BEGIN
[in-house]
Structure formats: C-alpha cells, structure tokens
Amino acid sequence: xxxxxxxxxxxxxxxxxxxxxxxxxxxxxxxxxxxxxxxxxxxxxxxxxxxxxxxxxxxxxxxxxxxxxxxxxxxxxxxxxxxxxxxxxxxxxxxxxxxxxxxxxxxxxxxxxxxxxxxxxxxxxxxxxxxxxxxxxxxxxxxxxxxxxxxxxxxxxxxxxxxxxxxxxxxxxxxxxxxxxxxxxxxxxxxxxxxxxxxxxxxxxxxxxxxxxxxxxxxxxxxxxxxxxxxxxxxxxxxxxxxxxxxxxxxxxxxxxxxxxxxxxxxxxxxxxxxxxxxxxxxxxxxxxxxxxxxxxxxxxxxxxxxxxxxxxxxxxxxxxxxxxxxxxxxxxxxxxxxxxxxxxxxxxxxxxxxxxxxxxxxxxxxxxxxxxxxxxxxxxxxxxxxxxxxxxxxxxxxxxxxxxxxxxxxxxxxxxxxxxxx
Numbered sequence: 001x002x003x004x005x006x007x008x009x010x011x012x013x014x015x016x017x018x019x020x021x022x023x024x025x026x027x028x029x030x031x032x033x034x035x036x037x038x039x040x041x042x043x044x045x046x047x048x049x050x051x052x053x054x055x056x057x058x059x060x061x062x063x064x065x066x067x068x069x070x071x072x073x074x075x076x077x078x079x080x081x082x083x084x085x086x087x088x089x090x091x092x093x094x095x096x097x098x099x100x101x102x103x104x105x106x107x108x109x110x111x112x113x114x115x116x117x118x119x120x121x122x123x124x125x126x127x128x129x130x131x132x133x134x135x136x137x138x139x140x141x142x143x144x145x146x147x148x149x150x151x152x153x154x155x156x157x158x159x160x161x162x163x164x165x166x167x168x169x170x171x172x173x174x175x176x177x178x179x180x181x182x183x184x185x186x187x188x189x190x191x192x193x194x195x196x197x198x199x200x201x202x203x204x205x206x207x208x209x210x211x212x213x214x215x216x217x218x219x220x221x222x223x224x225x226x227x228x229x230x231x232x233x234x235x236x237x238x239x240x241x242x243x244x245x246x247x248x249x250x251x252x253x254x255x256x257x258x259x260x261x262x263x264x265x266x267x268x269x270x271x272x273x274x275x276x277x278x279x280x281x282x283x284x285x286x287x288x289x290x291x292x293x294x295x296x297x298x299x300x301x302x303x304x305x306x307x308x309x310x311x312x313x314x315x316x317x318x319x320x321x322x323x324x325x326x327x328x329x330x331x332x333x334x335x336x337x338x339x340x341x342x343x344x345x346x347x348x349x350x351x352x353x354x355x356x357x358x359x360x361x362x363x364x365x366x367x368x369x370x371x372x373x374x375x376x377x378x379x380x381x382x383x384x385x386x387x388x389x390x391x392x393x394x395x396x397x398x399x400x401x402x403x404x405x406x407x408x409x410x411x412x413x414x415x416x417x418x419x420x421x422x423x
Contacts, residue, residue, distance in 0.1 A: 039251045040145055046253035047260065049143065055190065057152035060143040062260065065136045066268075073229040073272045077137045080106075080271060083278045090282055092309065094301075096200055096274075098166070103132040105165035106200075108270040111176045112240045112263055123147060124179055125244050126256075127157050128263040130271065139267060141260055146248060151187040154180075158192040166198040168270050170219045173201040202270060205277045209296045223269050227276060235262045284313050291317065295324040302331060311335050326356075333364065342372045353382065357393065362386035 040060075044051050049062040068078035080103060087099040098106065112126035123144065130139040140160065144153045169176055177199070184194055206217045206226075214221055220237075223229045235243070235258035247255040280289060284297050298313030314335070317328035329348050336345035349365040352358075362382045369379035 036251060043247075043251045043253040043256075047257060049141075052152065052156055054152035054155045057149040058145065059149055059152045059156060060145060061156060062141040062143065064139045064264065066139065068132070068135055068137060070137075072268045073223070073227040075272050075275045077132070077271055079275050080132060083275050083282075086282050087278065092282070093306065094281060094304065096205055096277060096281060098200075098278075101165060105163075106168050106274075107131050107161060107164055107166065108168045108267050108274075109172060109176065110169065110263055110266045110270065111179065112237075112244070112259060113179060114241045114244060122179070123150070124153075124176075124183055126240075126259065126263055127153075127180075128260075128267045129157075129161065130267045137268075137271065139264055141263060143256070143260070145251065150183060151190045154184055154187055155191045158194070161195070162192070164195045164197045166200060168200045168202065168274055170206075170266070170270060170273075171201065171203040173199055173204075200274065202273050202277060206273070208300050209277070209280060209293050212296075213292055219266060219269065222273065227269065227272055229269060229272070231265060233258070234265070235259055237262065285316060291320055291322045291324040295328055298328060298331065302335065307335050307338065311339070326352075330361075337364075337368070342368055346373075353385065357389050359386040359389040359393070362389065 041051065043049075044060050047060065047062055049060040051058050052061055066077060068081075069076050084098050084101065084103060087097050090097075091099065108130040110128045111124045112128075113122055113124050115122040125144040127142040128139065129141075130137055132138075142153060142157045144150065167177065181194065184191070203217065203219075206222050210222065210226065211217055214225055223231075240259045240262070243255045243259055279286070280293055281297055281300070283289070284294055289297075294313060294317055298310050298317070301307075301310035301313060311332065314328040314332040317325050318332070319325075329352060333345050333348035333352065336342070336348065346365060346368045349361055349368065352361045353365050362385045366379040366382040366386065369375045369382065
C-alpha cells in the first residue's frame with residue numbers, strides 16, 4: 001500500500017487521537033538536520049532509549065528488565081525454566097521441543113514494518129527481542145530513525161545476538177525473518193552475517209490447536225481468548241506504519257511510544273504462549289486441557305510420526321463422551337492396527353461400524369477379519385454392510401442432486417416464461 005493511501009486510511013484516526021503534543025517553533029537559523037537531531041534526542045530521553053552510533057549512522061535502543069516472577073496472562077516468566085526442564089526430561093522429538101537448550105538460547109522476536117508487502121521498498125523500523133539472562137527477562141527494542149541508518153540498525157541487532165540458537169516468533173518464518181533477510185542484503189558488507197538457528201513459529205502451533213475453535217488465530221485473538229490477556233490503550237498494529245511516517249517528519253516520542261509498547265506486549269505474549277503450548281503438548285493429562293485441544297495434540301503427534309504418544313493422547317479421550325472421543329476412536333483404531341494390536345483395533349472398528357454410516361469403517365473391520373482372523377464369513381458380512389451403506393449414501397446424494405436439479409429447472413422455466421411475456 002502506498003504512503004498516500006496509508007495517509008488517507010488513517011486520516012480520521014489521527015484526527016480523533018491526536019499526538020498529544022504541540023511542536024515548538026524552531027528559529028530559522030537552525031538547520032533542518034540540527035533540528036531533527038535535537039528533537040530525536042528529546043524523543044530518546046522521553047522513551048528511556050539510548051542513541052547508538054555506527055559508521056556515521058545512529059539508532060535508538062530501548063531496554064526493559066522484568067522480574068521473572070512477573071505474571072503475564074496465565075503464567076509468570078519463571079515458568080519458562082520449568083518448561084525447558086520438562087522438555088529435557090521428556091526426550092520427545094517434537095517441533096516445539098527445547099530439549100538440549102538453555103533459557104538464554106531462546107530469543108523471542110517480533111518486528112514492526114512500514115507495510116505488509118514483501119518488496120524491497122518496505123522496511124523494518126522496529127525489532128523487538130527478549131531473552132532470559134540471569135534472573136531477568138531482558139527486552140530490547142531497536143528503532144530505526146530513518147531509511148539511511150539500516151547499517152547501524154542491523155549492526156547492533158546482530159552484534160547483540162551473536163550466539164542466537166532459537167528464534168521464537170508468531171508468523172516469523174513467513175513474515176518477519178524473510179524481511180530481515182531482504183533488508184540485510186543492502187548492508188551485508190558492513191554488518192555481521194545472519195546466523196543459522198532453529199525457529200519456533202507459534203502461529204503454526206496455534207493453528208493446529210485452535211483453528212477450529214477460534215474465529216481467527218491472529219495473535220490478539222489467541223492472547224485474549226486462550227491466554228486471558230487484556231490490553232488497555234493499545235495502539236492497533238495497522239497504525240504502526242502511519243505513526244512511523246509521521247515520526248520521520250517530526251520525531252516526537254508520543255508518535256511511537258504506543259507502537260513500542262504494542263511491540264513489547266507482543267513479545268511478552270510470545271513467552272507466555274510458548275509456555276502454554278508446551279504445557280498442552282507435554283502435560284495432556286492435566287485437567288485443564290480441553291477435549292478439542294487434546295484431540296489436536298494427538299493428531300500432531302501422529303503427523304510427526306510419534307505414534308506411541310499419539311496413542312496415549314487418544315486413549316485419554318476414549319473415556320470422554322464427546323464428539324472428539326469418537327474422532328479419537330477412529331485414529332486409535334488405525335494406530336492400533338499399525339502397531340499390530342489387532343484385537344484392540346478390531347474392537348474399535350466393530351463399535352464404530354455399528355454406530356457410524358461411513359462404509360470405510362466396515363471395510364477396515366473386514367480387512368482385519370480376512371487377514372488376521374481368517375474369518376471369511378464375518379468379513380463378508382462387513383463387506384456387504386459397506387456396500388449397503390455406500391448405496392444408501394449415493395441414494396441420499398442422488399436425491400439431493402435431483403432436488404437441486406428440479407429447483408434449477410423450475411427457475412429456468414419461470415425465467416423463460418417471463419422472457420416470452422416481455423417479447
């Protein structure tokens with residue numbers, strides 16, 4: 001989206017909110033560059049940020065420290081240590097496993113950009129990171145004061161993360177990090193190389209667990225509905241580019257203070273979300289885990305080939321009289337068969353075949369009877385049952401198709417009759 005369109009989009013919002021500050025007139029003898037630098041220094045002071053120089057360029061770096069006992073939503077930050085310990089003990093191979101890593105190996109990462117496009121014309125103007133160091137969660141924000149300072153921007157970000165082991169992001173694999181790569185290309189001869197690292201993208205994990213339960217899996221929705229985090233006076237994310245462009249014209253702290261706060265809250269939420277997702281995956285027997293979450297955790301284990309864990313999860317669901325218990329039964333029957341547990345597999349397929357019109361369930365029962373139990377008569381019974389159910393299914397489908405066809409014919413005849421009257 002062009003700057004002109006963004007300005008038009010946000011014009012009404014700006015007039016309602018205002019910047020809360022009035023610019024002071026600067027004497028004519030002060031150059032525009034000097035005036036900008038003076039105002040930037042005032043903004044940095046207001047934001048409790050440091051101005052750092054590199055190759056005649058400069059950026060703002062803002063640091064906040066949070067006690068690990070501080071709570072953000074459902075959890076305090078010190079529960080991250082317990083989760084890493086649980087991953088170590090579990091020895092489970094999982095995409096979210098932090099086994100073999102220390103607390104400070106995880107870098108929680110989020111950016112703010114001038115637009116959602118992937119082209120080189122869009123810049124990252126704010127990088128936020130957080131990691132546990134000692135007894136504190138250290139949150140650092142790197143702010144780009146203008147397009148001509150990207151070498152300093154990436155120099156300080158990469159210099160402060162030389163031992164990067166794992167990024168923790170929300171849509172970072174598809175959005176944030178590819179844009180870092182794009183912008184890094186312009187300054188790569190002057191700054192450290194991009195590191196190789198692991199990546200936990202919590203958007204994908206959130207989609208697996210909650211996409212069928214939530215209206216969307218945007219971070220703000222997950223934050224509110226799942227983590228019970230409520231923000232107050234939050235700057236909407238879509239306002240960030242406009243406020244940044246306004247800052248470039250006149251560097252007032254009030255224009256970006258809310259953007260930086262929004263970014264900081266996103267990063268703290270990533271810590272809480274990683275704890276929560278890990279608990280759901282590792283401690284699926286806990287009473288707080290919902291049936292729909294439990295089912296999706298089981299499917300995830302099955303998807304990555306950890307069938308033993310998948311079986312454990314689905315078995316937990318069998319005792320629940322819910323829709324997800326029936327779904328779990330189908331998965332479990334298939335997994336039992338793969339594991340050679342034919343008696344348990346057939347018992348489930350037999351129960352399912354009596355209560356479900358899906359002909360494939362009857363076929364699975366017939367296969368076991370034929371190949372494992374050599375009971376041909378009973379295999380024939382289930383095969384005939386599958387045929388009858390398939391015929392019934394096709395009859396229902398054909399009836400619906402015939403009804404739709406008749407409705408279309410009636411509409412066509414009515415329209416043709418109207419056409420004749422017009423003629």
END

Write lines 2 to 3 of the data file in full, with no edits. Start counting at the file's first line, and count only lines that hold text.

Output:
Structure formats: C-alpha cells, structure tokens
Amino acid sequence: xxxxxxxxxxxxxxxxxxxxxxxxxxxxxxxxxxxxxxxxxxxxxxxxxxxxxxxxxxxxxxxxxxxxxxxxxxxxxxxxxxxxxxxxxxxxxxxxxxxxxxxxxxxxxxxxxxxxxxxxxxxxxxxxxxxxxxxxxxxxxxxxxxxxxxxxxxxxxxxxxxxxxxxxxxxxxxxxxxxxxxxxxxxxxxxxxxxxxxxxxxxxxxxxxxxxxxxxxxxxxxxxxxxxxxxxxxxxxxxxxxxxxxxxxxxxxxxxxxxxxxxxxxxxxxxxxxxxxxxxxxxxxxxxxxxxxxxxxxxxxxxxxxxxxxxxxxxxxxxxxxxxxxxxxxxxxxxxxxxxxxxxxxxxxxxxxxxxxxxxxxxxxxxxxxxxxxxxxxxxxxxxxxxxxxxxxxxxxxxxxxxxxxxxxxxxxxxxxxxxxxx